Your goal while reviewing should be not only to brainstorm possible avenues of comparison and contrast, but also to consider the meaning and significance of the similarities and differences among the works we've read this semester to date. This will prepare you for the latter two sections of the exam. I can't recommend highly enough that you study in groups and use the listserv to pass along ideas and approaches, particularly when it comes to brainstorming possible axes of comparison and strategies for doing the different types of tasks that the test requires. I will be reading the listserv and chiming in when necessary.

Remember that when studying for any exam, you should figure out precisely what skills are being tested and practice those specific skills. You should also make sure you understand what is required of you in each part of the exam and what criteria you'll be judged on well before taking the test, so that you don't have to waste time during the exam figuring out what you're supposed to be doing.

Here's some specific advice on preparing for each part of the exam. See also THIS semester's frequently asked questions page and, for a sense of common pitfalls and ways of excelling on the test, my comments on my former students' performance on last semester's and last year's mid-term exams. Please refer back to these pages as you are preparing for the exam; the more carefully you study, the more useful this page and its links will be to you.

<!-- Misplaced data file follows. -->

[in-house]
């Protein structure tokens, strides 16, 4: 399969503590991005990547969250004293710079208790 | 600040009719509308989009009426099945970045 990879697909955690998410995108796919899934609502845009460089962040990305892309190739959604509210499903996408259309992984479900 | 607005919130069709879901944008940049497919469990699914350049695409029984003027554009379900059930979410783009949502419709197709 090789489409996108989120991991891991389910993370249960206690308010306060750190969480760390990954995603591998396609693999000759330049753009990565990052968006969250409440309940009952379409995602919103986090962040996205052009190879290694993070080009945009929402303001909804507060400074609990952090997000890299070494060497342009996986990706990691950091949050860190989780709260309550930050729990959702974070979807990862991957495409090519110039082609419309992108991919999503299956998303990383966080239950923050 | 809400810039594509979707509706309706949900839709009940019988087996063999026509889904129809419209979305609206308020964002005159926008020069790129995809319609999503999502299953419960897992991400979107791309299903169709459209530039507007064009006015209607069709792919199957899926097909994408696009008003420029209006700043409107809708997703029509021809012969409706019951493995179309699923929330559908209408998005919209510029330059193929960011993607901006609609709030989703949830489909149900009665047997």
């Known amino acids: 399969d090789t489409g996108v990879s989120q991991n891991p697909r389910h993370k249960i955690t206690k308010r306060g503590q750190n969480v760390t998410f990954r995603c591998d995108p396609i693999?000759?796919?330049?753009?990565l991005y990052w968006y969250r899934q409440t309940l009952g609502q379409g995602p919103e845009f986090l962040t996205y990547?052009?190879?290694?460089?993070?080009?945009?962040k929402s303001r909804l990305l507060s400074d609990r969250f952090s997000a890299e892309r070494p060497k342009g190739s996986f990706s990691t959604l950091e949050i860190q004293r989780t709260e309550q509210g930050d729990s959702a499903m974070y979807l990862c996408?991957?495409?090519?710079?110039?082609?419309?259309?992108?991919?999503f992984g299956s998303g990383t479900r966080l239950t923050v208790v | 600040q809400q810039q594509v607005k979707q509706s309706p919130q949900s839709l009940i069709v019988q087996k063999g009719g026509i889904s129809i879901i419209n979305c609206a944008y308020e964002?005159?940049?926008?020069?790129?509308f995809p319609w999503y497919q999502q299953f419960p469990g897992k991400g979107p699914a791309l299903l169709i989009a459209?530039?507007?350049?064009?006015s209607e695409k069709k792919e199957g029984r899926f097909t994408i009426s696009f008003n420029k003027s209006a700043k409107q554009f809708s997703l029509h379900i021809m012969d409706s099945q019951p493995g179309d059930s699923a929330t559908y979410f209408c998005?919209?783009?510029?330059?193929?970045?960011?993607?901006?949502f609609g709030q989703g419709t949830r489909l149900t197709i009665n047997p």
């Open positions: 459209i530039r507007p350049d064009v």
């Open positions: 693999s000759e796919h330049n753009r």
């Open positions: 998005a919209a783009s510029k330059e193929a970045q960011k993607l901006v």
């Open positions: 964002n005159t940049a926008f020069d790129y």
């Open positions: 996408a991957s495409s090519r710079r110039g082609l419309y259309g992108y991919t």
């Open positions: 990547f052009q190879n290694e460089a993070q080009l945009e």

Each section is weighted only "roughly" for several reasons. First, I want some discretion in assigning your letter grade, in part to reward exceptional performance on a given section of the exam, and in part to reward treatment of a wide range of texts and topics in the exam as a whole. Second, although the structure of the exam is relatively fixed, the relative importance of each section is open to negotiation. You may note on your exam how much time you put into each section and how you think each section should be weighted. You may also raise issues about the structure and weighting of the exam on the listserv or with me personally before the exam.


We will spend some time reviewing for the exam during the week before it will be given. We will focus on such issues as how to recognize a given author's literary "signature," how to produce a close reading, how to compare and contrast texts, how to use texts as evidence in making a larger argument, and how to manage time during the exam. I will also be available during office hours to meet with groups of students to discuss specific issues.

Take advantage of the experience of writing a critical response essay and preparing for the exam to help integrate and reflect on the texts we've read thus far in the course. Good luck on the exam, and please don't hesitate to raise any and all issues and questions you may have before the exam.

The Exam Itself

Click here for a preview of THIS semester's mid-term exam, including the four take-home essay options.

Comments on the Exam

Click here for some comments on patterns I saw in your exams.

M A I N * N E W S * T O P I C S * L I N K S * R E S E R V E S

EN 209: Novels and Tales, Fall 1999
Created: 8/21/99, 3:40 pm
Last modified: 10/15/99, 10:32 am